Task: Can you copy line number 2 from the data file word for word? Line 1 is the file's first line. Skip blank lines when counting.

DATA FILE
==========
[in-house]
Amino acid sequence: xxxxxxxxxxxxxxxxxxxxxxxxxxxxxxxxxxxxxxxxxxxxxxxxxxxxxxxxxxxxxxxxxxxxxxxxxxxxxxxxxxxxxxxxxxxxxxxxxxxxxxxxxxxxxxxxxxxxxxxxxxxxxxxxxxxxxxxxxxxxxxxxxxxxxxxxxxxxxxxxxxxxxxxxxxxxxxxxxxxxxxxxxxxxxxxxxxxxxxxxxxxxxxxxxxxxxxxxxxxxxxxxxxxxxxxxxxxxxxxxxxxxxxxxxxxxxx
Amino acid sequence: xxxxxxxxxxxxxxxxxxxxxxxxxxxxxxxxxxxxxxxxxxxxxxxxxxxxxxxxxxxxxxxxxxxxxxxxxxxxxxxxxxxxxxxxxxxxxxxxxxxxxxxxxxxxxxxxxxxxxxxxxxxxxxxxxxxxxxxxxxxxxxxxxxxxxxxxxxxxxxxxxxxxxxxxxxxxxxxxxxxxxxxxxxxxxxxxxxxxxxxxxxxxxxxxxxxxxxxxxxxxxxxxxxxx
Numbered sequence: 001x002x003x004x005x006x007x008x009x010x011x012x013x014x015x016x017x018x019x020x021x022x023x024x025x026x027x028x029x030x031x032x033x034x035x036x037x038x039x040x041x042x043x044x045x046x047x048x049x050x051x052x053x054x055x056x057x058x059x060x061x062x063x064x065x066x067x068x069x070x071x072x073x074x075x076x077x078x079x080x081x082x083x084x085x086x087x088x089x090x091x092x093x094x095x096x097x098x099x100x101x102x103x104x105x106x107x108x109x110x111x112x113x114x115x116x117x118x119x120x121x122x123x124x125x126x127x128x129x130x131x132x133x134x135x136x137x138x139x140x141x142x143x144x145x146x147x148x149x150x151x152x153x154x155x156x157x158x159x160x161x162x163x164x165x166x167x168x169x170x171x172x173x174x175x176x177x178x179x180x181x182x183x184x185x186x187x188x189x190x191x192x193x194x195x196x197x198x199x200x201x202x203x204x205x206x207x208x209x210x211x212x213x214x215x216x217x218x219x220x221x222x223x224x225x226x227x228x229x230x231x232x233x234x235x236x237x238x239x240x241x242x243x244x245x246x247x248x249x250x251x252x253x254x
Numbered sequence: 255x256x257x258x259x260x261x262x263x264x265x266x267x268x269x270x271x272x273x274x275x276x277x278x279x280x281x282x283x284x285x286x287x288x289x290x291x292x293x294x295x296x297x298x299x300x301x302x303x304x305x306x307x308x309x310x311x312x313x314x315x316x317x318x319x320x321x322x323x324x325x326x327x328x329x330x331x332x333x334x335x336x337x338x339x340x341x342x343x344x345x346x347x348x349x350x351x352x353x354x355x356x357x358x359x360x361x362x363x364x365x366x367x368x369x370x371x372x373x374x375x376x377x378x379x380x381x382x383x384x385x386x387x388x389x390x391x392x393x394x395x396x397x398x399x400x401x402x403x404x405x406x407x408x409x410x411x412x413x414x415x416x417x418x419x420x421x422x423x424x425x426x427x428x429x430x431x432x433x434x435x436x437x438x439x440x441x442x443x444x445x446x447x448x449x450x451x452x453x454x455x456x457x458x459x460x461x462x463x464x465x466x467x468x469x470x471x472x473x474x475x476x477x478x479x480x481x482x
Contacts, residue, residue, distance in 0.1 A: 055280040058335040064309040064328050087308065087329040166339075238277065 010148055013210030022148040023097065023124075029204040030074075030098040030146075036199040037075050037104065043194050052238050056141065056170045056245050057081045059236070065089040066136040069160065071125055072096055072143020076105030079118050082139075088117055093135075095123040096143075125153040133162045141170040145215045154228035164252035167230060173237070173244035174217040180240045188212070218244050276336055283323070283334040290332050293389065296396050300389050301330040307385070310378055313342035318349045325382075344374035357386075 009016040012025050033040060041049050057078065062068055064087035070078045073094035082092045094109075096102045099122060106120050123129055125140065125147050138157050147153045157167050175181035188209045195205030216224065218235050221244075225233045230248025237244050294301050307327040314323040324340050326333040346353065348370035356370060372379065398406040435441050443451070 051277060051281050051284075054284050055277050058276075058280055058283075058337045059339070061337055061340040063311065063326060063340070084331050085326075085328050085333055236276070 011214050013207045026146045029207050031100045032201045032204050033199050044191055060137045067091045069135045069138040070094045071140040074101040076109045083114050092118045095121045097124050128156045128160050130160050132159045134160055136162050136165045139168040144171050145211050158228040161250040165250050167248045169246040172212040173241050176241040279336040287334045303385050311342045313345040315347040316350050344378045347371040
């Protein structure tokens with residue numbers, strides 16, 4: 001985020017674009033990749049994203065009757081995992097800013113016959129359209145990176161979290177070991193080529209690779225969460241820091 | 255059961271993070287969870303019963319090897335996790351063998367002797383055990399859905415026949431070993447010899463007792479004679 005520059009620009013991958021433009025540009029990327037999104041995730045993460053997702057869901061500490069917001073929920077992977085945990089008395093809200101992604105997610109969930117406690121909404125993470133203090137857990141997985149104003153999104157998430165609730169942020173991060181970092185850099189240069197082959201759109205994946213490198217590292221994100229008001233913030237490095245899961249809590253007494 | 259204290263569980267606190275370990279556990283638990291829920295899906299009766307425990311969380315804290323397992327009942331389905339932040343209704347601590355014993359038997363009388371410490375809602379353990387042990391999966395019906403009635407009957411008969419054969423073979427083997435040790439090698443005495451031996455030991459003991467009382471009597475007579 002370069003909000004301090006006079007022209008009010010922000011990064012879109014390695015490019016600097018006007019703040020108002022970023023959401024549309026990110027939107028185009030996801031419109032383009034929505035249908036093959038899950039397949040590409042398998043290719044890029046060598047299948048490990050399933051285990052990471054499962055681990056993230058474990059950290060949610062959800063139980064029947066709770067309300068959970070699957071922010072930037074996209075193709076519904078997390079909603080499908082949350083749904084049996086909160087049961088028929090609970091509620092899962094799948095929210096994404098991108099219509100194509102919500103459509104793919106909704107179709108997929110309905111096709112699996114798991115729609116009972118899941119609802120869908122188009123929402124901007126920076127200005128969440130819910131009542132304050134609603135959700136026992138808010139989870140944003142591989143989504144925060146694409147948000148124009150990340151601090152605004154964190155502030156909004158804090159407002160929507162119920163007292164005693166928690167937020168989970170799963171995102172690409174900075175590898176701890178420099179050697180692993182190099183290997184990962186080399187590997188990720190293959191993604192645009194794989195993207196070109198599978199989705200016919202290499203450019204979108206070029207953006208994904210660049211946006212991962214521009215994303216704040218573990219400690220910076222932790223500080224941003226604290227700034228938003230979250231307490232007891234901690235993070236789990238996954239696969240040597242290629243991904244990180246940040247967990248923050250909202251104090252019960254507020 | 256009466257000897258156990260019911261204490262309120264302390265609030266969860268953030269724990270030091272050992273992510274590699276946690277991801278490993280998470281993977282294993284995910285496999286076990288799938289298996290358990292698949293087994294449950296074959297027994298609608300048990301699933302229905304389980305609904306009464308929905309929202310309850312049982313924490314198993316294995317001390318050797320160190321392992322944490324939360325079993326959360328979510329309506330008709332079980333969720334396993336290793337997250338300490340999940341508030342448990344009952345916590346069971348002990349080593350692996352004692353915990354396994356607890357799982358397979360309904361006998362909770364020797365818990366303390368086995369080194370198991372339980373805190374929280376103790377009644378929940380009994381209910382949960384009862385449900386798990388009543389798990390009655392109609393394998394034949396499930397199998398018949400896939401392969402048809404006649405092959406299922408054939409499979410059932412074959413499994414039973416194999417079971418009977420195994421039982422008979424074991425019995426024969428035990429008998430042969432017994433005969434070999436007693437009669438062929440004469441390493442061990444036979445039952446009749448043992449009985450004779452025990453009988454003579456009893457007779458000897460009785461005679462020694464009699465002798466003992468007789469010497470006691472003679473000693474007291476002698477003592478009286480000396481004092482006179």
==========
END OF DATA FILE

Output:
Amino acid sequence: xxxxxxxxxxxxxxxxxxxxxxxxxxxxxxxxxxxxxxxxxxxxxxxxxxxxxxxxxxxxxxxxxxxxxxxxxxxxxxxxxxxxxxxxxxxxxxxxxxxxxxxxxxxxxxxxxxxxxxxxxxxxxxxxxxxxxxxxxxxxxxxxxxxxxxxxxxxxxxxxxxxxxxxxxxxxxxxxxxxxxxxxxxxxxxxxxxxxxxxxxxxxxxxxxxxxxxxxxxxxxxxxxxxxxxxxxxxxxxxxxxxxxxxxxxxxxx